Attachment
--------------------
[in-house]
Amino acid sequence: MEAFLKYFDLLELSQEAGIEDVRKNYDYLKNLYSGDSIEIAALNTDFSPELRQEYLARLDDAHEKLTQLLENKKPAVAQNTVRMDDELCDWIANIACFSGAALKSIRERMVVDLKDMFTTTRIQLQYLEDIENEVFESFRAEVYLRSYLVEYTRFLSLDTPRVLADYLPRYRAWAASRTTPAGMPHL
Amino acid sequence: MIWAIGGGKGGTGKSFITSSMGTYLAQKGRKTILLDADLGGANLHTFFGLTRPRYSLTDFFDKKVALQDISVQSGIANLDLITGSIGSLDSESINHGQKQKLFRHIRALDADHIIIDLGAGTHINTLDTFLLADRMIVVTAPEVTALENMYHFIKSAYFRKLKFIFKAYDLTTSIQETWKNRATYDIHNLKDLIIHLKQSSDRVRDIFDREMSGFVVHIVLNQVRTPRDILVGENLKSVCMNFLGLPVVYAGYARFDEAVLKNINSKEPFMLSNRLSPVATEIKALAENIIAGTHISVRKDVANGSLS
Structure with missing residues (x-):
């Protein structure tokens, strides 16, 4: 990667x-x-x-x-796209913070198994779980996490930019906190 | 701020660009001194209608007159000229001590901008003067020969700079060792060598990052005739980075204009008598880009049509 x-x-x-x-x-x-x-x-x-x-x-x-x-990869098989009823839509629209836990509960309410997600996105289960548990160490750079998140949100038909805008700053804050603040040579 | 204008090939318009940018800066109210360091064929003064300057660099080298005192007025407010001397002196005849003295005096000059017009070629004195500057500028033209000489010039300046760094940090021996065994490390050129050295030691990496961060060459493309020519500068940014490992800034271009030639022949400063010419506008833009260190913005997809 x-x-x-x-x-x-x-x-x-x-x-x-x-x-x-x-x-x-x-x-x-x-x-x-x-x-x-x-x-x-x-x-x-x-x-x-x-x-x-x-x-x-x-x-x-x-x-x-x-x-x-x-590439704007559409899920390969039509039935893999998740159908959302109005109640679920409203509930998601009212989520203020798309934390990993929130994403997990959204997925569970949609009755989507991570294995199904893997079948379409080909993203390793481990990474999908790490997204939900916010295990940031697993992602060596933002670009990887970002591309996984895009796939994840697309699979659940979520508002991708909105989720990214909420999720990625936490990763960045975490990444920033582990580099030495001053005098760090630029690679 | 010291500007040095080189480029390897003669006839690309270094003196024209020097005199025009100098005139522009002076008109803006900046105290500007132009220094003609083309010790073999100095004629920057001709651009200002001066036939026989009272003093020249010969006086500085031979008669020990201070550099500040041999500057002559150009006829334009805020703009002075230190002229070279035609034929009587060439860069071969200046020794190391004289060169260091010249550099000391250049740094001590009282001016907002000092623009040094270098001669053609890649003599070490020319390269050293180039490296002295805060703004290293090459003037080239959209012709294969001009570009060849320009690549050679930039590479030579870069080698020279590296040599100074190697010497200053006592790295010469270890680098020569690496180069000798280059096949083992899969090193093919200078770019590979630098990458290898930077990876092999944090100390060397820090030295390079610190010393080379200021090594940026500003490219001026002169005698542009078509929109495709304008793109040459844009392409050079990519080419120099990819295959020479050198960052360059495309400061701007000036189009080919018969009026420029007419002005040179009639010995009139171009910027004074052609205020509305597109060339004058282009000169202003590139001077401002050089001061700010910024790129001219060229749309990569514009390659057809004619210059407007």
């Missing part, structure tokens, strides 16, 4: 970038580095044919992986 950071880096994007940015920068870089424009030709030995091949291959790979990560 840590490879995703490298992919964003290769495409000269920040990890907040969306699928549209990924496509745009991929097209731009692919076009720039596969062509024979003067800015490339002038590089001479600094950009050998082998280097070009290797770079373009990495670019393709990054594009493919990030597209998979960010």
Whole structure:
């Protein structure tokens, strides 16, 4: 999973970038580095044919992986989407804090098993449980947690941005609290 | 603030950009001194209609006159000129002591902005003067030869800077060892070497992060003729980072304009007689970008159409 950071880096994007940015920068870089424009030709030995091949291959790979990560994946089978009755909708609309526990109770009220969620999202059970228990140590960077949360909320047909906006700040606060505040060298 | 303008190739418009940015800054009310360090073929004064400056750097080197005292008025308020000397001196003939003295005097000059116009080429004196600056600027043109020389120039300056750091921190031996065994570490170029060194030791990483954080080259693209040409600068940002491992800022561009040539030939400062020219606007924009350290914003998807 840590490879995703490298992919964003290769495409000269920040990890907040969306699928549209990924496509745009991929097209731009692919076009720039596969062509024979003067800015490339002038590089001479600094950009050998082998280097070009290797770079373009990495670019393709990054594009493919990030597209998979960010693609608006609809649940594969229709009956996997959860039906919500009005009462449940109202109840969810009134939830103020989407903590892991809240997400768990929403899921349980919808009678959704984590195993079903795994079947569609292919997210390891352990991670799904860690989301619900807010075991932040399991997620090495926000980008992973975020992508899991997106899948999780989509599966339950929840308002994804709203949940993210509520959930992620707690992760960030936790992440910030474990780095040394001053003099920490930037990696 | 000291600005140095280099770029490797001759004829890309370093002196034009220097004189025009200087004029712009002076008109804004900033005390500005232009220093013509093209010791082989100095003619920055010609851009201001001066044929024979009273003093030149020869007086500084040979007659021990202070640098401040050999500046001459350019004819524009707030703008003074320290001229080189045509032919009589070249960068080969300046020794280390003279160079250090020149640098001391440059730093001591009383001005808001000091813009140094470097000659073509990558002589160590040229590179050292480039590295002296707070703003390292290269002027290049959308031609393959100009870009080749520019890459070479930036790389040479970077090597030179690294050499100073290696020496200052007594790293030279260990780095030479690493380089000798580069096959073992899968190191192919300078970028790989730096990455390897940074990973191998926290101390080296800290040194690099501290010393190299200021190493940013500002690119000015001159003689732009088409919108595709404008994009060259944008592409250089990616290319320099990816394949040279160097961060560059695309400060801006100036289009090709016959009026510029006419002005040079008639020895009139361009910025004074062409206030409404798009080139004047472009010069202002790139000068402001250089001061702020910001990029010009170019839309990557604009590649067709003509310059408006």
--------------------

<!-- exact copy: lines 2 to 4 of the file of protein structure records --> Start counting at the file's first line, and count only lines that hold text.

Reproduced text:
Amino acid sequence: MEAFLKYFDLLELSQEAGIEDVRKNYDYLKNLYSGDSIEIAALNTDFSPELRQEYLARLDDAHEKLTQLLENKKPAVAQNTVRMDDELCDWIANIACFSGAALKSIRERMVVDLKDMFTTTRIQLQYLEDIENEVFESFRAEVYLRSYLVEYTRFLSLDTPRVLADYLPRYRAWAASRTTPAGMPHL
Amino acid sequence: MIWAIGGGKGGTGKSFITSSMGTYLAQKGRKTILLDADLGGANLHTFFGLTRPRYSLTDFFDKKVALQDISVQSGIANLDLITGSIGSLDSESINHGQKQKLFRHIRALDADHIIIDLGAGTHINTLDTFLLADRMIVVTAPEVTALENMYHFIKSAYFRKLKFIFKAYDLTTSIQETWKNRATYDIHNLKDLIIHLKQSSDRVRDIFDREMSGFVVHIVLNQVRTPRDILVGENLKSVCMNFLGLPVVYAGYARFDEAVLKNINSKEPFMLSNRLSPVATEIKALAENIIAGTHISVRKDVANGSLS
Structure with missing residues (x-):